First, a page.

Growing Hope for Huntington Disease with Amaryllis
(OTTAWA, ON) November 12, 2018 – For almost 30 years Valerie Nabb has been volunteering to sell Amaryllis flowers to raise money for families affected by Huntington disease (HD). For the past 6 years she has been the one in charge of organizing the Ottawa Chapter of the Huntington Society of Canada’s (HSC) orders and distributing them. For Nabb, selling Amaryllis is one of the easiest ways to make her contribution to the cause that directly affects her family.
“The flowers are very easy to sell,” says Nabb. “Sometimes it is hard to just ask people for money, but when you are giving them a beautiful flower in return it is easy. The Amaryllis sells itself!”
The Amaryllis is the signature flower of the Huntington Society of Canada. Volunteers sell bulb kits to raise vital funds for programs in HD research, services and education. Each year, around 20,000 amaryllis bulbs bloom coast to coast, across Canada, inspiring hope of a world free of HD. Since the sales began in 1985, HSC volunteers have raised well over five million dollars through Amaryllis sales.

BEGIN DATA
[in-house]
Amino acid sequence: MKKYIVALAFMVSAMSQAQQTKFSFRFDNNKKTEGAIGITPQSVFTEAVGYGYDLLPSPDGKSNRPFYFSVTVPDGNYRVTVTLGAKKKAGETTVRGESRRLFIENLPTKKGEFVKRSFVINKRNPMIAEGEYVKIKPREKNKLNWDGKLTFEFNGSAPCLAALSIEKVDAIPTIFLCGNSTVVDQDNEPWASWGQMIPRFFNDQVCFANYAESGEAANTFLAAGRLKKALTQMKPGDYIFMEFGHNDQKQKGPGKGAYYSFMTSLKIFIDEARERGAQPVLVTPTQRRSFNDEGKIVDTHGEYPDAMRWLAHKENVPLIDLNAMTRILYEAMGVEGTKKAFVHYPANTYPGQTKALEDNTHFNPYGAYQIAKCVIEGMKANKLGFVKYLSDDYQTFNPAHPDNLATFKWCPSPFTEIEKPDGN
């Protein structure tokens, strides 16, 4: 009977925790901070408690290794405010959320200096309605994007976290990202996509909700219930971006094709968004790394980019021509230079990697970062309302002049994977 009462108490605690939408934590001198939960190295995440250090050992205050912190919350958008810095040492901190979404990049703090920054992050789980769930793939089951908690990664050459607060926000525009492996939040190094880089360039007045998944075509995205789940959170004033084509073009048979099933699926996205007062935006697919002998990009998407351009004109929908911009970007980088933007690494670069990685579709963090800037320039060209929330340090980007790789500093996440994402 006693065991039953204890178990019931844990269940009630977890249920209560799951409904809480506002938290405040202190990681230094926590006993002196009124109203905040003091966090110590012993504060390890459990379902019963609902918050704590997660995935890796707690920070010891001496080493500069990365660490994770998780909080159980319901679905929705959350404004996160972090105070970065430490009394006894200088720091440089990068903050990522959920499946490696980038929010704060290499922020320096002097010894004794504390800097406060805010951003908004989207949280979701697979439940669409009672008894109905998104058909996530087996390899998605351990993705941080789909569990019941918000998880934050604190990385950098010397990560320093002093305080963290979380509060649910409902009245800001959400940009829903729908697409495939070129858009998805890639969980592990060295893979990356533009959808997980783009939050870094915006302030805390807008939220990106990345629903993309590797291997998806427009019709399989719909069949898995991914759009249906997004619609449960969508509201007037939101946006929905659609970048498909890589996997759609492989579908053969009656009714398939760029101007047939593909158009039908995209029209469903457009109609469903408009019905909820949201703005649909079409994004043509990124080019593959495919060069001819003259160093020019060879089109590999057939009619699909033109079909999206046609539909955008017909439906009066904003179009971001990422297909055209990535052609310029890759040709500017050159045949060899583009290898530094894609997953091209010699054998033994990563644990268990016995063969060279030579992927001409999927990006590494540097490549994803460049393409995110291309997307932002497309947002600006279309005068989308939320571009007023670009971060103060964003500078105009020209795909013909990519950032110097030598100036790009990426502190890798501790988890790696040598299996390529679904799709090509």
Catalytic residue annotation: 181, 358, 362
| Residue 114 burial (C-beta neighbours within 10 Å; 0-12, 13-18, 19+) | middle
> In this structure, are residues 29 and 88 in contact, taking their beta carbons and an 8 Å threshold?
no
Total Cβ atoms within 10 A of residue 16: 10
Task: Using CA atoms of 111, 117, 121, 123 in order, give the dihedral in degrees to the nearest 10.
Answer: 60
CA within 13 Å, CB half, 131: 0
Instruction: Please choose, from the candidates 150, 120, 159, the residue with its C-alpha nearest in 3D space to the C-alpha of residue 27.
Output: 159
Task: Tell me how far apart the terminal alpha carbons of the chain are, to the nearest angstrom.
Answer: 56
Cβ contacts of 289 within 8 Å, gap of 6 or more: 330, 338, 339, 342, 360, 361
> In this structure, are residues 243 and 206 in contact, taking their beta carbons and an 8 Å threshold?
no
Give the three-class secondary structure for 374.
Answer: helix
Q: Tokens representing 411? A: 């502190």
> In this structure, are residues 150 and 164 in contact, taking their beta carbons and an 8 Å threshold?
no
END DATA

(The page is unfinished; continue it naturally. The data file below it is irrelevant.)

All Amaryllis volunteers have their own reasons for selling and ways to sell the bulbs. “For me, selling is habit now. It is my primary commitment to HSC. But more than that, I am a gardener so the flower itself is my favourite part. Amaryllis gives me a chance to garden in the fall and winter!” says Nabb. “It is also a super convenient gift for Christmas. I give or sell a kit to everyone close to me – my neighbours, hairdresser, book club and relatives.”
If you would like to help HSC reach their goal of 20,000 amaryllis bulbs blooming coast to coast across Canada, please visit www.inspirehope.ca.
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Huntington disease (HD) is a debilitating brain disorder that is fatal and incurable. About one in every 7,000 Canadians has HD and approximately one in every 5,500 is at-risk of developing the disease. Many more are touched by HD whether as a caregiver, a family member, or a friend. Huntington disease is often described as having the symptoms of Alzheimer’s, Parkinson’s and ALS – simultaneously. As the disease progresses, a person with Huntington’s become less able to manage movements, recall events, make decisions and control emotions. The disease leads to incapacitation and, eventually, death.
The Huntington Society of Canada (HSC) is a respected leader in the worldwide effort to find a meaningful treatment for HD. HSC is the only Canadian health charity dedicated to providing help and hope for families dealing with HD across Canada. HSC aspires for a world free from Huntington disease. For more information about HD and HSC visit www.huntingtonsociety.ca.